COVID-19 has turned a lot of common association challenges into bigger ones that are particularly hard to address, like how to talk about membership incentives during a crisis that has caused significant economic hardship.

A recent thread on ASAE’s Collaborate (member login required) raised that question to see what others are doing now and what their plans are for the future. Chris Gloede, chief consultant at Ricochet Advisory Services, and John Ponzio, vice president of professional membership and engagement at the American Heart Association, provided some insights on the discussion. I followed up with them to get more details.

Low-Cost Incentives

Incentives are challenging, according to Gloede, former chief marketing officer at the American Bar Association, because they are an expense that can quickly snowball, and discounts run the risk of devaluing membership. Instead, ABA leveraged strategies commonly used by magazines to increase subscriptions: It offered free trial memberships that provided the option to cancel when those members received their dues invoice after the trial period ended.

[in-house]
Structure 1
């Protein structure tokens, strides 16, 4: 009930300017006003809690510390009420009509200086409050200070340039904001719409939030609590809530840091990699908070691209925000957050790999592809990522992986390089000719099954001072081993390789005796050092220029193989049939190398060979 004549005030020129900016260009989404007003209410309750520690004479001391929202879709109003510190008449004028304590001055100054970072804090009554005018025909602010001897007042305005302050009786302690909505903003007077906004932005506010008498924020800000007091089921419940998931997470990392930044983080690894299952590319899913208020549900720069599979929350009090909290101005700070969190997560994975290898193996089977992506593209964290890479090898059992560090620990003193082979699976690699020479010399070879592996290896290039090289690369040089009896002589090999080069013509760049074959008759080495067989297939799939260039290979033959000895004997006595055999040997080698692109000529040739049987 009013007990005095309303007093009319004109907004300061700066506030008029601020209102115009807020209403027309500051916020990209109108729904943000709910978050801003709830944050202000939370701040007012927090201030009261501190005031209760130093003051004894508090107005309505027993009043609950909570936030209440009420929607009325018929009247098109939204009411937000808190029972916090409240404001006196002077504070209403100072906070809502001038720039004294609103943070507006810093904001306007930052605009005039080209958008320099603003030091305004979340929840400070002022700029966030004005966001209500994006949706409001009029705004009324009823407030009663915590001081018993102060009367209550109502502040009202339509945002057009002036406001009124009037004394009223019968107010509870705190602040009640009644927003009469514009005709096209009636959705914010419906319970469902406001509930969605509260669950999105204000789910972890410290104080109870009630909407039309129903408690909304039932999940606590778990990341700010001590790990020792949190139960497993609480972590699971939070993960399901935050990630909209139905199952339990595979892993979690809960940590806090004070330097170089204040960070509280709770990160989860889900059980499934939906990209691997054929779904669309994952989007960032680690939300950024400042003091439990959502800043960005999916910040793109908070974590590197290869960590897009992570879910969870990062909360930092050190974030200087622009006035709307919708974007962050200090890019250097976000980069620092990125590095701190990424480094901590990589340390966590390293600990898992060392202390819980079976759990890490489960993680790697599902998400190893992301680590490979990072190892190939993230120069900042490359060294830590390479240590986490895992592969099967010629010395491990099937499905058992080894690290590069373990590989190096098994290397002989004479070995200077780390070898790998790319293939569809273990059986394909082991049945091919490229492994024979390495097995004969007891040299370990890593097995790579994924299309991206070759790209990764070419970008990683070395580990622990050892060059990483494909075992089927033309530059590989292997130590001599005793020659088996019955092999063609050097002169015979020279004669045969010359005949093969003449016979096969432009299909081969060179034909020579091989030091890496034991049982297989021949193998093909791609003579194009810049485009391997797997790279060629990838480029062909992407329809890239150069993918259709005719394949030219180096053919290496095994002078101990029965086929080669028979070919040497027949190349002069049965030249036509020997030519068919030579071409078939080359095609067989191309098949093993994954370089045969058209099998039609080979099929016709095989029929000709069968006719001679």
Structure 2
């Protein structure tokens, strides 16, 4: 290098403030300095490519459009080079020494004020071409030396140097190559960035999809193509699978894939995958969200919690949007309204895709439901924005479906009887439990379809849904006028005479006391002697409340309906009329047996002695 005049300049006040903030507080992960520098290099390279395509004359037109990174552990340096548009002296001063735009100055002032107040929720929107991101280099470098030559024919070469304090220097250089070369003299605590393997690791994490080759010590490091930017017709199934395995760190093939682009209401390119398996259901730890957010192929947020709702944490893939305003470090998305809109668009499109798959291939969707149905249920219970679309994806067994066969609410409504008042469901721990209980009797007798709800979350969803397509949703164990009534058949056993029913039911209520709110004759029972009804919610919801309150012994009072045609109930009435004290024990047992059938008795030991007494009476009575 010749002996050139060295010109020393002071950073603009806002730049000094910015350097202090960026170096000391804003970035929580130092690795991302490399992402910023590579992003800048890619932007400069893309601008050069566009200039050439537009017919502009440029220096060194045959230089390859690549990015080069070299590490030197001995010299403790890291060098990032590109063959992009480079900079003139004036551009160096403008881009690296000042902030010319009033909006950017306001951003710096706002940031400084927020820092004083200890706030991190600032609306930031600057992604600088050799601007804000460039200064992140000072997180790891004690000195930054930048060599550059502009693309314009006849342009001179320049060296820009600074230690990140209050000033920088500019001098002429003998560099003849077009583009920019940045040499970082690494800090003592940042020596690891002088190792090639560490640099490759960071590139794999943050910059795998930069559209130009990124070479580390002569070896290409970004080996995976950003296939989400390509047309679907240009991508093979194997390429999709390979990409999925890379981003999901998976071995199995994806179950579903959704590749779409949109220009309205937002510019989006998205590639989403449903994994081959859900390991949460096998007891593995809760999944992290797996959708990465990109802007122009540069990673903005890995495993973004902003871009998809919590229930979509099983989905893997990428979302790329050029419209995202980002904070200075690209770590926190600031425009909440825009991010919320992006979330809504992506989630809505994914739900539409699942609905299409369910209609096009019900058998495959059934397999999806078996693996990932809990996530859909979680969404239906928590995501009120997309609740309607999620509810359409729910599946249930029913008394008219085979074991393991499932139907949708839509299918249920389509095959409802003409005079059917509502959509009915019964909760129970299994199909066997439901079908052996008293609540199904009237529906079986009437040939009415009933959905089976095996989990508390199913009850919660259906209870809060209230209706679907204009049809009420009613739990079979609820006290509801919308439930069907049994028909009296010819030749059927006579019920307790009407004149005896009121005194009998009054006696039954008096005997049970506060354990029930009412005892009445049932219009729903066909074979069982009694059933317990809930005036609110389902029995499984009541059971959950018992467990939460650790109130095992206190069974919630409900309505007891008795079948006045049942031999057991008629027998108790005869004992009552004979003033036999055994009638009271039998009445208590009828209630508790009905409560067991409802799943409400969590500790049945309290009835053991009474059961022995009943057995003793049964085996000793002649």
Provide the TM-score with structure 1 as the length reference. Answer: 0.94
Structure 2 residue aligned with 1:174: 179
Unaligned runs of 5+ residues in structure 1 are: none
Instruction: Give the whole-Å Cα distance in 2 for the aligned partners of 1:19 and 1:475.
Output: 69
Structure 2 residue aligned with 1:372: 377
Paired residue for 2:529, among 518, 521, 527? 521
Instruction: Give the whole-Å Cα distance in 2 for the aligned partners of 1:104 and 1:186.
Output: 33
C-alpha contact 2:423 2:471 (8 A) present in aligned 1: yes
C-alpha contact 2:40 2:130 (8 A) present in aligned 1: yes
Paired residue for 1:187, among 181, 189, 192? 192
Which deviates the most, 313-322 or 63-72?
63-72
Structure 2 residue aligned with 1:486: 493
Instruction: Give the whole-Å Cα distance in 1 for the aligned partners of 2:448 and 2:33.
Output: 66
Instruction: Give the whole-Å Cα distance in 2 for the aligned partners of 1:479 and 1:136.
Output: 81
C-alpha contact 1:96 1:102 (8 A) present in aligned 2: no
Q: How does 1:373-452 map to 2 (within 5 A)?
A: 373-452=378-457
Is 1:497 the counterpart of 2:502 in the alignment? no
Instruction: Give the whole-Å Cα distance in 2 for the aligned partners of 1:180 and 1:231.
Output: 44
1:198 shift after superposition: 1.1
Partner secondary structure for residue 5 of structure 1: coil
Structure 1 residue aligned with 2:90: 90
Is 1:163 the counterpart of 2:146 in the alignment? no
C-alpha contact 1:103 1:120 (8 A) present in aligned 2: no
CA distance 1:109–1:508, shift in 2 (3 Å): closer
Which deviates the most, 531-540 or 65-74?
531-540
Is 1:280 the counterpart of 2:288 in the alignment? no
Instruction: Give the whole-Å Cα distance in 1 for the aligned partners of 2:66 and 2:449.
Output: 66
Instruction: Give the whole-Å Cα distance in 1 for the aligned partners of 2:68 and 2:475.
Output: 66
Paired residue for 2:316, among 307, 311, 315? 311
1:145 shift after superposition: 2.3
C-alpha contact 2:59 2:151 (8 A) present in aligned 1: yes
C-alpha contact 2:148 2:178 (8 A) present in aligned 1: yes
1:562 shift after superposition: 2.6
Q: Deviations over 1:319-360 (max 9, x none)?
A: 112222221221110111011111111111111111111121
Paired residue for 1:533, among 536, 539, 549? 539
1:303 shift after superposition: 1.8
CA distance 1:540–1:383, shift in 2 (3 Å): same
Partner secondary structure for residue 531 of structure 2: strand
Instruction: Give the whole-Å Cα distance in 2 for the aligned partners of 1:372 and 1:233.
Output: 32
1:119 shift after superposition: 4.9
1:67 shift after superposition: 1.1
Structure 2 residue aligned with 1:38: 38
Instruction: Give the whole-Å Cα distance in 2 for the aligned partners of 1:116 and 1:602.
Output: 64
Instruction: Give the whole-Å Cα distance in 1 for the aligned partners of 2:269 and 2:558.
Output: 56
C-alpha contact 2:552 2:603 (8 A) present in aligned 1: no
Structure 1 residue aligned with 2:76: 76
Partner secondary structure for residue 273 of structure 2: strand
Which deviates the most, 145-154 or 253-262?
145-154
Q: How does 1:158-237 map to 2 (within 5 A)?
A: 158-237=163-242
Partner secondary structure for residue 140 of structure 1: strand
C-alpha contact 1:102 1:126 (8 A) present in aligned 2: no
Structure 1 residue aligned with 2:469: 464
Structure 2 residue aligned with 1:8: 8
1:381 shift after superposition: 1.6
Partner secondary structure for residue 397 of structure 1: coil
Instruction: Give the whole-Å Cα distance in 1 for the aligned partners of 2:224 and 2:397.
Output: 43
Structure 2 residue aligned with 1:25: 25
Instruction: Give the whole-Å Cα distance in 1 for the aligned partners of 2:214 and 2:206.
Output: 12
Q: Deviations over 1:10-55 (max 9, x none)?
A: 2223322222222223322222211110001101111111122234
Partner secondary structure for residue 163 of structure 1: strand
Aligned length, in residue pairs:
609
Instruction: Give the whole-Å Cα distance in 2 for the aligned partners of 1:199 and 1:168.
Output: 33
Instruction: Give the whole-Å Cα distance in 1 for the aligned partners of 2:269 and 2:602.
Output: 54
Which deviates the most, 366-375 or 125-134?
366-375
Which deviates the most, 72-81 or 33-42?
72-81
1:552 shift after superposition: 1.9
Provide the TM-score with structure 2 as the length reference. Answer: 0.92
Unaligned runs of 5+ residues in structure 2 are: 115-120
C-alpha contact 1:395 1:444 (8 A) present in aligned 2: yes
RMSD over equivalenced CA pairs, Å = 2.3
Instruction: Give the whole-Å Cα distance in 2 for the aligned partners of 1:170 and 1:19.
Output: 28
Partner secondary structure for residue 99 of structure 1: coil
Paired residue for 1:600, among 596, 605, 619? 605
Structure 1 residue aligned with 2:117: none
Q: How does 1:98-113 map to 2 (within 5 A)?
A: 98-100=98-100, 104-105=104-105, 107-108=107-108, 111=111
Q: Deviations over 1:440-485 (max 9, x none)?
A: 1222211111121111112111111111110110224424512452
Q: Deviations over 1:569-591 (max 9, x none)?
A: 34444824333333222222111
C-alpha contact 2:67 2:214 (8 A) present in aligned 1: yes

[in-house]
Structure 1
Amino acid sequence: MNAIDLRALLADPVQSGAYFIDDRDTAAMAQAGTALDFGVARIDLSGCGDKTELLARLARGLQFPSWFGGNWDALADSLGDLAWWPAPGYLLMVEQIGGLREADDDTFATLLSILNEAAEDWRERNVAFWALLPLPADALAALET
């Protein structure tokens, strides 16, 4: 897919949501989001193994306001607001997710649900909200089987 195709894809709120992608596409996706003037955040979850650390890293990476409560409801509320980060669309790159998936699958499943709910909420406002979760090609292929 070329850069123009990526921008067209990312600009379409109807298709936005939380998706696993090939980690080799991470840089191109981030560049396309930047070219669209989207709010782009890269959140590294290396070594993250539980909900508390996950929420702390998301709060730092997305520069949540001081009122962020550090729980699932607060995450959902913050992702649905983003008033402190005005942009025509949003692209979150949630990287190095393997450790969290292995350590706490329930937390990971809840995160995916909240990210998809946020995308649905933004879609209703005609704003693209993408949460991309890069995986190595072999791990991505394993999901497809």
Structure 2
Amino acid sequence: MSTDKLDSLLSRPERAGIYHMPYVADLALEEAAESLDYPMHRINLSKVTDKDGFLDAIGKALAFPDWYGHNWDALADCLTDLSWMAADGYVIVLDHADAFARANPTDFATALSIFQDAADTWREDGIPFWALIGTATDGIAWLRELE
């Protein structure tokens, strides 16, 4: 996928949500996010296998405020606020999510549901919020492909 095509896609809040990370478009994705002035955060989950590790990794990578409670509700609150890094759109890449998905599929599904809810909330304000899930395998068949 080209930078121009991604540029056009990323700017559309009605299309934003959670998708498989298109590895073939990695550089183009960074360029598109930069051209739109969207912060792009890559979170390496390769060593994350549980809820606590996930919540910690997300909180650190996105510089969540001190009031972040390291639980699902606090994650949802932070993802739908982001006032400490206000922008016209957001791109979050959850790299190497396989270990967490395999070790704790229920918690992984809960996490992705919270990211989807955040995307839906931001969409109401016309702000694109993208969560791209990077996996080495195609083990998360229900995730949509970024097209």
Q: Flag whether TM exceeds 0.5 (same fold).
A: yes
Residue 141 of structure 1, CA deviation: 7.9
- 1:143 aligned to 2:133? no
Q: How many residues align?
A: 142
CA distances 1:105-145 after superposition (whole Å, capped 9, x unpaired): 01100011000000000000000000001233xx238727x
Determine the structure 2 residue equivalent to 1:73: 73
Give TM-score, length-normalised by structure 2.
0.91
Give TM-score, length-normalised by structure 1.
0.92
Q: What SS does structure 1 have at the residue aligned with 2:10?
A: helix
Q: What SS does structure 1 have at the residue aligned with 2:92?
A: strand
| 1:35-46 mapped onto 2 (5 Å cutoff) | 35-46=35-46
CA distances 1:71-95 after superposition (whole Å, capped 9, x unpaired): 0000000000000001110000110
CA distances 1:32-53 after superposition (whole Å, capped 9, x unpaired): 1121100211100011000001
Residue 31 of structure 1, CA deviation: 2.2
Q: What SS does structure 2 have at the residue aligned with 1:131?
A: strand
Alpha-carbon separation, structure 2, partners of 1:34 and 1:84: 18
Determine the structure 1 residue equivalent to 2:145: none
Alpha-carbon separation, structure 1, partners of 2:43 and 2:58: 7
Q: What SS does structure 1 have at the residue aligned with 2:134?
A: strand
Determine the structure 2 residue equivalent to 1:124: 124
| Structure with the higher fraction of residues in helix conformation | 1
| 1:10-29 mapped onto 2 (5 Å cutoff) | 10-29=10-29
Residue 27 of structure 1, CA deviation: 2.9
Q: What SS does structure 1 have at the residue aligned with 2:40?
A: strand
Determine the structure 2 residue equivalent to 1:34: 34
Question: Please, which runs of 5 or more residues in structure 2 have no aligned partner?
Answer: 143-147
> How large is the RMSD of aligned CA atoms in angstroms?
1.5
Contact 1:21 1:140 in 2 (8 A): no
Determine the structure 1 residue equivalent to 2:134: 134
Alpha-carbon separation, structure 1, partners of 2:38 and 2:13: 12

An article in Associations Now reported on the success of the International Public Safety Association’s limited $5 membership, which gave would-be members a look at IPSA’s benefits and professional community without a major commitment by either the association or the prospective member.

At AHA, Ponzio said they offered new members a limited-time trial membership, which gives members an opportunity to connect with like-minded professionals through AHA’s councils. He said they also provide chances to win gift cards for use in AHA’s online store and special offers for lifelong learning tools.

Cutoff Dates

“Without a deadline, an email or a piece of direct mail will quickly be forgotten,” Gloede said. ABA promotional materials featured deadlines prominently. Ponzio said AHA also offers members incentives to renew or join within a certain timeframe. Becoming a member of an association is an investment, Gloede said, and deadlines make the decision to join easier.